Still Life With A Bridle

Zbigniew Herbert‘s 1993 book of essays Still Life With a Bridle: Essays and Apocryphas (translated by John Carpenter and Bodgana Carpenter) is a wonderfully intelligent collection focused on Holland in the 17th century, the art and mores of its golden age.

I happen to like Dutch art of the 17th century but I suspect these essays would be enjoyable even if you’re not overly familiar with the era — Herbert’s writings reveal such a curious, knowledgeable intelligence (without pretension) and keen attention to the absurd. Topics range from Tulipomania to painter bios to specific paintings to the foibles of humans in any age.

About the Dutch plan to navigate to China via a polar route:

On June 5 one of the deck hands shouted that he saw a flock of huge white swans on the horizon. These were actually mountains of ice. The sailor’s mistake indicates not so much a poetic imagination as a poor knowledge of polar hell.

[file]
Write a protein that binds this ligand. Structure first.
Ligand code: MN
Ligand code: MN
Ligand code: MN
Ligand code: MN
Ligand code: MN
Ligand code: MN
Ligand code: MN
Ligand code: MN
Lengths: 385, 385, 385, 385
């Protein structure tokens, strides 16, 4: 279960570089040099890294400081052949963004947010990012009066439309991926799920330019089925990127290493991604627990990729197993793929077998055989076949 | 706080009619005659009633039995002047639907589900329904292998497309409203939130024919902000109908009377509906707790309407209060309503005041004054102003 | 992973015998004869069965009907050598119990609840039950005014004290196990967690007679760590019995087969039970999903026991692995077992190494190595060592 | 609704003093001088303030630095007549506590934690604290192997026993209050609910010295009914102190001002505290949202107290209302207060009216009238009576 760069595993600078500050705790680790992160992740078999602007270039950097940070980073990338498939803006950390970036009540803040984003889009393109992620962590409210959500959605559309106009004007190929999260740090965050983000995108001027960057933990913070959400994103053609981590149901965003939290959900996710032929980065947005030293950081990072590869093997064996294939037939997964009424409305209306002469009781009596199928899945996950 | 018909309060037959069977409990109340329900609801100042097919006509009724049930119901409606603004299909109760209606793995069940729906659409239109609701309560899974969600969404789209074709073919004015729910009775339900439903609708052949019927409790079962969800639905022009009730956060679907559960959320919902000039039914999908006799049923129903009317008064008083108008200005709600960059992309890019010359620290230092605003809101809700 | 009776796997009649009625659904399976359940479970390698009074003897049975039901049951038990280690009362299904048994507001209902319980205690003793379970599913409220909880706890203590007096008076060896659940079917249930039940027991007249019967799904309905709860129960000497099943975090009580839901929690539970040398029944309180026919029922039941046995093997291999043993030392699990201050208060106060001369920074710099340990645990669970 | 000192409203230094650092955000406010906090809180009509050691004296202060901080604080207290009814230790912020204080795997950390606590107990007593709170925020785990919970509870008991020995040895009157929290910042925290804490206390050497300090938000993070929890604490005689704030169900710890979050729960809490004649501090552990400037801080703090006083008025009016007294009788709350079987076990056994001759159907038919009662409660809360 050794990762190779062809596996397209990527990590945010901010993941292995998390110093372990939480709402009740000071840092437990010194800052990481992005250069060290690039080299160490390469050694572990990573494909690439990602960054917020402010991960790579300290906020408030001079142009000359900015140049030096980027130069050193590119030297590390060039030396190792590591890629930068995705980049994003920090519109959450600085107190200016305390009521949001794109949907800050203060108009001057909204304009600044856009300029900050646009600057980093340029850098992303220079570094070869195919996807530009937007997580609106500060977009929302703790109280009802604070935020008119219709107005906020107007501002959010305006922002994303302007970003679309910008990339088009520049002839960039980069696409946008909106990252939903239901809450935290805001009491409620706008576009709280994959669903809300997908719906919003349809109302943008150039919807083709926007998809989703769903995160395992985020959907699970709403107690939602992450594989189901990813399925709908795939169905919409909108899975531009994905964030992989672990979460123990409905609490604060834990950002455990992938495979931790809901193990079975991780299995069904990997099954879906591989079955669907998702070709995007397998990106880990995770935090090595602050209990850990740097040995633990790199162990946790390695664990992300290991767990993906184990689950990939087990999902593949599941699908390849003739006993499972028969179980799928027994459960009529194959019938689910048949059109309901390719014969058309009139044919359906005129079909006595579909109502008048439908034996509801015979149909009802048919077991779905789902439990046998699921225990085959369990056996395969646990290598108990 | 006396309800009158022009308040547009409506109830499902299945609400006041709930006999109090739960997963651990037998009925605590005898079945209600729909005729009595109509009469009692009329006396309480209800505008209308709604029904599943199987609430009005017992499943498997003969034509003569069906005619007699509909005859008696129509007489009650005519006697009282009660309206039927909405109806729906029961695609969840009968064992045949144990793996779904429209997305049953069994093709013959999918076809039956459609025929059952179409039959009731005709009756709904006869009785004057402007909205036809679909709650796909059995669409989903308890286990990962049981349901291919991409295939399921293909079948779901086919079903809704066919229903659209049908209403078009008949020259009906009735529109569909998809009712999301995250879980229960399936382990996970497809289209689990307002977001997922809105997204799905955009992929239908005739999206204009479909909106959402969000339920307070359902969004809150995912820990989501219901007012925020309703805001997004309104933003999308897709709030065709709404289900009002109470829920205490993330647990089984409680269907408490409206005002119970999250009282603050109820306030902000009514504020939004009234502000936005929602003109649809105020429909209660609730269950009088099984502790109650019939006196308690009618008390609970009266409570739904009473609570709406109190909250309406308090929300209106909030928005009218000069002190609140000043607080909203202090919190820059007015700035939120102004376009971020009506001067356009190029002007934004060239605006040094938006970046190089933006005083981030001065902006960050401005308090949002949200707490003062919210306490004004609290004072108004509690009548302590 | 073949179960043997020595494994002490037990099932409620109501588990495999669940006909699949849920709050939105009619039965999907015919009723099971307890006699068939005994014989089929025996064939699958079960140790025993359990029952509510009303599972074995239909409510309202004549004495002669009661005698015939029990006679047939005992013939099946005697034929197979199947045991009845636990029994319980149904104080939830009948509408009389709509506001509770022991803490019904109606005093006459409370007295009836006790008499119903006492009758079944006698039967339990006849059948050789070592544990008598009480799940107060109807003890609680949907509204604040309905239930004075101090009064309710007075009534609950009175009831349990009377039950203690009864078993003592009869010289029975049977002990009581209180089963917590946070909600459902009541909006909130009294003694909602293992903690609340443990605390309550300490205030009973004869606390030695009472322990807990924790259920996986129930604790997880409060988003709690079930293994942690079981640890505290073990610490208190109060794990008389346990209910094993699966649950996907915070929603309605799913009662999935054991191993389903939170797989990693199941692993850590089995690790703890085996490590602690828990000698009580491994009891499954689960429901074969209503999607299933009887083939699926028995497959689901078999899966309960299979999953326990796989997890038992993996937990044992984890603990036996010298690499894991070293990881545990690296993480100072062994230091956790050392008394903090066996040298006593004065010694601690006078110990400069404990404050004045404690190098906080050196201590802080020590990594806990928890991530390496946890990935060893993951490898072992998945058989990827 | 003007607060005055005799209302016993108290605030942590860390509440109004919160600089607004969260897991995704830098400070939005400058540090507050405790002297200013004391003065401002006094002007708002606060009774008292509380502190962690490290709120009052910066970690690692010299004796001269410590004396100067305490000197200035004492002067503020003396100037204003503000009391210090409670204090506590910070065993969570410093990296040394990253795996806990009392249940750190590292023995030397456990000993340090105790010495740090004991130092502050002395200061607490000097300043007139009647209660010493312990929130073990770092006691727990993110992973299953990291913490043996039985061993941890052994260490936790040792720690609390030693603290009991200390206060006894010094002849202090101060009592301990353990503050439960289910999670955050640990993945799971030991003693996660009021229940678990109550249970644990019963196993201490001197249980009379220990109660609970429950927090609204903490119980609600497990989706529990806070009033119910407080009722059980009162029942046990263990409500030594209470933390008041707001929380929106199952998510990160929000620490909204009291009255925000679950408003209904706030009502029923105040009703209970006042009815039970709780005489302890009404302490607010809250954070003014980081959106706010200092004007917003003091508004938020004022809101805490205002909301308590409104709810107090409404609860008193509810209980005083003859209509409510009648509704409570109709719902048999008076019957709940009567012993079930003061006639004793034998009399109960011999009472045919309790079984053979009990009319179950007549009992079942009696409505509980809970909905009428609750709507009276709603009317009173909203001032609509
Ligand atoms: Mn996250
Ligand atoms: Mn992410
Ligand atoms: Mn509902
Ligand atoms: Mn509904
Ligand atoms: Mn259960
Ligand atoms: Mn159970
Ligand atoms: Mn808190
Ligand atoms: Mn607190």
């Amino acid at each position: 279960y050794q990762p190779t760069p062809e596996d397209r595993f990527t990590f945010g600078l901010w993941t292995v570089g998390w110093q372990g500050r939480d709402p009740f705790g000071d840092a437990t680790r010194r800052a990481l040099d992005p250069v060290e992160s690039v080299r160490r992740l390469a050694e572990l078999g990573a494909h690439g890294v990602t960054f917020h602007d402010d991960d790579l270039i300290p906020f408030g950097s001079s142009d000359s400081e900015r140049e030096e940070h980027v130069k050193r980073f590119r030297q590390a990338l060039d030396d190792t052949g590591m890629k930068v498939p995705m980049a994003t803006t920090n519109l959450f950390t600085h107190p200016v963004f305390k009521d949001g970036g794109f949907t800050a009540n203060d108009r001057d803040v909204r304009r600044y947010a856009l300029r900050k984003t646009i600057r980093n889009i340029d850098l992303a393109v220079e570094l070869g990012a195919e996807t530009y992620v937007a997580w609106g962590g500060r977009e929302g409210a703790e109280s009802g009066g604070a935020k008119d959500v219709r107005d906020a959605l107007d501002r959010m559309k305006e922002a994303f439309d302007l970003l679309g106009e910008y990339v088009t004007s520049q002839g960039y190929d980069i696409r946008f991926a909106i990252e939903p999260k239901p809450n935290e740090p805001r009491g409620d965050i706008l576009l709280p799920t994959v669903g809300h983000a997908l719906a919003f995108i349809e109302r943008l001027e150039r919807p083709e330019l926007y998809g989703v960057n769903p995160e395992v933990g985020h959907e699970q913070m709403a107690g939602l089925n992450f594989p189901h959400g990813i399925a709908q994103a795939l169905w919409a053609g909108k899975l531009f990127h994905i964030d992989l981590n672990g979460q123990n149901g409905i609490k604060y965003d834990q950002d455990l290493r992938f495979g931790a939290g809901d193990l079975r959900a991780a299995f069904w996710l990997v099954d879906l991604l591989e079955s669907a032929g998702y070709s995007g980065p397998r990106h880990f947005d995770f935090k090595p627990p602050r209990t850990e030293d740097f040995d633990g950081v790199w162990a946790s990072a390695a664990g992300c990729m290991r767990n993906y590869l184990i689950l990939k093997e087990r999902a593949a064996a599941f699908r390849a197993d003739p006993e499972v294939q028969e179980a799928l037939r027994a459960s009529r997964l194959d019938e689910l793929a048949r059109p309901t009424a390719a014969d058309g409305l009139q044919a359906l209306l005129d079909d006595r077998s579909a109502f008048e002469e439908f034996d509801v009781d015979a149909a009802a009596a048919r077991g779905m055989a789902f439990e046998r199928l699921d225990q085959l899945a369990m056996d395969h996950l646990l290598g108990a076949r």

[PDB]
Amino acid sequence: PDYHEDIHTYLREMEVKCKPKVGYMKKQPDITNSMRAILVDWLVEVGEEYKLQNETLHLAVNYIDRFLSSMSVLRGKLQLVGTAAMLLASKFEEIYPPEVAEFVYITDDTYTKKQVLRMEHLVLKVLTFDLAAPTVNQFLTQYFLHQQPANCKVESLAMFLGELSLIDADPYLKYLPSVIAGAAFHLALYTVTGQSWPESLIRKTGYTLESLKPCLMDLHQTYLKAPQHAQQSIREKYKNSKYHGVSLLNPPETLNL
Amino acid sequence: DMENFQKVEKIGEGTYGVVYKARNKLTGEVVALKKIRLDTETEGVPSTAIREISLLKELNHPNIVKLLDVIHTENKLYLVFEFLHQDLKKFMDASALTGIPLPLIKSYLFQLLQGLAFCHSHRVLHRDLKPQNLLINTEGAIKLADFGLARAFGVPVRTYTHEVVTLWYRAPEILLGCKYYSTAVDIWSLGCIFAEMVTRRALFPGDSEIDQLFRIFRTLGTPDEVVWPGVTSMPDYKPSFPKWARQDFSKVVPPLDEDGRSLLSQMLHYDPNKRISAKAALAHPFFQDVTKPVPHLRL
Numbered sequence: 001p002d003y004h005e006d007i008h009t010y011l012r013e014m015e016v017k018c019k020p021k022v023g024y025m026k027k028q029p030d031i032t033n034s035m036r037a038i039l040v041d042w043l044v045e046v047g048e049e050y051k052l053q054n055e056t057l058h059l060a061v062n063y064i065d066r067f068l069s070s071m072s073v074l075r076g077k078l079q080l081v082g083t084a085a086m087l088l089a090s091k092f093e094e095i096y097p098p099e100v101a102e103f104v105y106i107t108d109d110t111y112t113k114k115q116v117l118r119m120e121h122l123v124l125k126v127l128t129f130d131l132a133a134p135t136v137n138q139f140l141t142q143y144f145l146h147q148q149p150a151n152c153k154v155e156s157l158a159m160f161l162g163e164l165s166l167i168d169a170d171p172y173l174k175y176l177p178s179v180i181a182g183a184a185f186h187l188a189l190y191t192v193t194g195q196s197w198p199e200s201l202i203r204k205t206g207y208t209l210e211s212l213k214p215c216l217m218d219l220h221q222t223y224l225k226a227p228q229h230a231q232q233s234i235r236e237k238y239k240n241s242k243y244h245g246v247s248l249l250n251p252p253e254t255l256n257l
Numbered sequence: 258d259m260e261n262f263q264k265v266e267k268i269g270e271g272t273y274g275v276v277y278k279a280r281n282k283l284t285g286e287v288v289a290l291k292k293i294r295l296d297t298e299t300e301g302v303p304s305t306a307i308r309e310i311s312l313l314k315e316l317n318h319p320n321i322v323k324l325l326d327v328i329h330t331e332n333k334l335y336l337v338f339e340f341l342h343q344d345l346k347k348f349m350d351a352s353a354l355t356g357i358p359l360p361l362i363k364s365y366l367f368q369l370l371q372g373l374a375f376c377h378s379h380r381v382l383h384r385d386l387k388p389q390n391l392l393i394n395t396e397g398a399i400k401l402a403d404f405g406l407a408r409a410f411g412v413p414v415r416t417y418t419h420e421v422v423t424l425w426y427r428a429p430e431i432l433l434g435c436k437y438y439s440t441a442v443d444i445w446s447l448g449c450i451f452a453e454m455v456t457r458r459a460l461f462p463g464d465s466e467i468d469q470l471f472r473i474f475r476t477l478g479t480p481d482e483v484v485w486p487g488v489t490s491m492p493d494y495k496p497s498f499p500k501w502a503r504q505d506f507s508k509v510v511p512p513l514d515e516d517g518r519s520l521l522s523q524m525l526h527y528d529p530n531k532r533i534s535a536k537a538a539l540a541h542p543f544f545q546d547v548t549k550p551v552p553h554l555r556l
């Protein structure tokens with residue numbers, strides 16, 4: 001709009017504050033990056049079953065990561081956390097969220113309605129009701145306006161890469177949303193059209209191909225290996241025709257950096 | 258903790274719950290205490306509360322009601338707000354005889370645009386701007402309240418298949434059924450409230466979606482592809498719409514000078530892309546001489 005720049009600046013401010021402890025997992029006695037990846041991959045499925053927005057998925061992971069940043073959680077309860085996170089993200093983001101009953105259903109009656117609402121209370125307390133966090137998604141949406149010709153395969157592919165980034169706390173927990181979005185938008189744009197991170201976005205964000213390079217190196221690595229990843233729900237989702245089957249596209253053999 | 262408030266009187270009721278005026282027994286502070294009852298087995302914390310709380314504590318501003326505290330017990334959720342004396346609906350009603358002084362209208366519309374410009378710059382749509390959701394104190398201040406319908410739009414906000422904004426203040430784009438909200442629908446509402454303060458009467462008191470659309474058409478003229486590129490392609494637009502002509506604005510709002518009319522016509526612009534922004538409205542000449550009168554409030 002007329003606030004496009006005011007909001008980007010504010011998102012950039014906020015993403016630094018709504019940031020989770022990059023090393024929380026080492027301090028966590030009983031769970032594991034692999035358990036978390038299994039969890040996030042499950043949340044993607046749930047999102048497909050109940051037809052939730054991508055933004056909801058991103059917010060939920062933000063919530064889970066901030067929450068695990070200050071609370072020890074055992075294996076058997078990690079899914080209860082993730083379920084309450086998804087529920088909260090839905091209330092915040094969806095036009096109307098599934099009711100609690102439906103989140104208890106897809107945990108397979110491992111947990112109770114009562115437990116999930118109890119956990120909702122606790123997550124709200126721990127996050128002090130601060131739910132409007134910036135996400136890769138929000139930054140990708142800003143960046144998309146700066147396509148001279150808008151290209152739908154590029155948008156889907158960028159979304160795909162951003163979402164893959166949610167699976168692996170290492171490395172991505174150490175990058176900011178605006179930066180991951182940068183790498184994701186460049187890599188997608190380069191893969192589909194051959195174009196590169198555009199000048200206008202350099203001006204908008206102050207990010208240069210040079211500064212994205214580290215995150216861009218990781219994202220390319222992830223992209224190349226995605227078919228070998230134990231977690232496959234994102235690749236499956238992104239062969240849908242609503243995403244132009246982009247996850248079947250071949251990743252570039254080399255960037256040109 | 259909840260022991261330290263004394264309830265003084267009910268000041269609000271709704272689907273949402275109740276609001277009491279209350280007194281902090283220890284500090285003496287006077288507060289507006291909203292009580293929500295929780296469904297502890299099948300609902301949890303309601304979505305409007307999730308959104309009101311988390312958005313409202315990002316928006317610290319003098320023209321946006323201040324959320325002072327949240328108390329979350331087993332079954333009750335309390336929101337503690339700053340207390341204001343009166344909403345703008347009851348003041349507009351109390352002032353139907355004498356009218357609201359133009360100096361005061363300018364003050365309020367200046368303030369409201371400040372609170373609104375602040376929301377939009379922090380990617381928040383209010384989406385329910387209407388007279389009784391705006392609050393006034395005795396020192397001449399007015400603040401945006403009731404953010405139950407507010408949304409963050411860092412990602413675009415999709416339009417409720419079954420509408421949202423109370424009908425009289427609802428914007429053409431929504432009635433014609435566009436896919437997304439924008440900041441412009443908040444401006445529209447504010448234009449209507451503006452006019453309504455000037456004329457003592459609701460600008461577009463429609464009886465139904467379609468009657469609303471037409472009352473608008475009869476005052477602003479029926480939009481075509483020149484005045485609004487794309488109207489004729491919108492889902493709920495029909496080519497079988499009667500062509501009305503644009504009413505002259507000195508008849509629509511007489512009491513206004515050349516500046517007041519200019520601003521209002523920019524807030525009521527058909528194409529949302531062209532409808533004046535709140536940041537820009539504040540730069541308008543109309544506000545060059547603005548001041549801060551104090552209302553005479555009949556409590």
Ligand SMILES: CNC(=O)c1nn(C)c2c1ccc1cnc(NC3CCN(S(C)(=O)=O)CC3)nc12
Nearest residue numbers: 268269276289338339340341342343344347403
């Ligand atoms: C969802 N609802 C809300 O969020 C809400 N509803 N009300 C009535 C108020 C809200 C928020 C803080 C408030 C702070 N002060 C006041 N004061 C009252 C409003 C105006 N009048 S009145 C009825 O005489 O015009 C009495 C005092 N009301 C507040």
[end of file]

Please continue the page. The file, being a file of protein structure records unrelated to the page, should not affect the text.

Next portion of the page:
And regarding the life of Dutch painters:

The question why art exists did not occur to anyone, because a world without paintings was simply inconceivable.

It is we who are poor, very poor. A major part of contemporary art declares itself on the side of chaos, gesticulates in a void, or tells the story of its own barren soul.

The old Masters — all of them without exception — could repeat after Racine, “We work to please the public.” Which means they believed in the purposefulness of their work and the possibility of interhuman communication. They afforded visible reality with an inspired scrupulousness and childish seriousness, as if the order of the world and the revolution of the stars, the permanence of the firmament, depended on it.

Let such naivete be praised.

Yep. And let such writing be praised too.

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